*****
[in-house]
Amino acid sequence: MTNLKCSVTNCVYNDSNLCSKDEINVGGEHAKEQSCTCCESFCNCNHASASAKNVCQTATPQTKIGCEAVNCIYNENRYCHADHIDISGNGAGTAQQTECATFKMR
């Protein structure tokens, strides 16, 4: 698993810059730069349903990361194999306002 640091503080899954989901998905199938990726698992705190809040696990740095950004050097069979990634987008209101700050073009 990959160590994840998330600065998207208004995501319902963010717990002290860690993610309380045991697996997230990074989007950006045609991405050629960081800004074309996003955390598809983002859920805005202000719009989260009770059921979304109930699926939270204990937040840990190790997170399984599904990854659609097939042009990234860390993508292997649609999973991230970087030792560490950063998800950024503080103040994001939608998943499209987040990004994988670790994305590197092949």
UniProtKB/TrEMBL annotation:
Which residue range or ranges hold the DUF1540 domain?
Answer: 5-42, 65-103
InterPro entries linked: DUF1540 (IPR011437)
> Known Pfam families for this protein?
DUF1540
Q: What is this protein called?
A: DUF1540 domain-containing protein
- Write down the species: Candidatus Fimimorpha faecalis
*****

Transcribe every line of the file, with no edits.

[in-house]
Amino acid sequence: MTNLKCSVTNCVYNDSNLCSKDEINVGGEHAKEQSCTCCESFCNCNHASASAKNVCQTATPQTKIGCEAVNCIYNENRYCHADHIDISGNGAGTAQQTECATFKMR
């Protein structure tokens, strides 16, 4: 698993810059730069349903990361194999306002 640091503080899954989901998905199938990726698992705190809040696990740095950004050097069979990634987008209101700050073009 990959160590994840998330600065998207208004995501319902963010717990002290860690993610309380045991697996997230990074989007950006045609991405050629960081800004074309996003955390598809983002859920805005202000719009989260009770059921979304109930699926939270204990937040840990190790997170399984599904990854659609097939042009990234860390993508292997649609999973991230970087030792560490950063998800950024503080103040994001939608998943499209987040990004994988670790994305590197092949």
UniProtKB/TrEMBL annotation:
Which residue range or ranges hold the DUF1540 domain?
Answer: 5-42, 65-103
InterPro entries linked: DUF1540 (IPR011437)
> Known Pfam families for this protein?
DUF1540
Q: What is this protein called?
A: DUF1540 domain-containing protein
- Write down the species: Candidatus Fimimorpha faecalis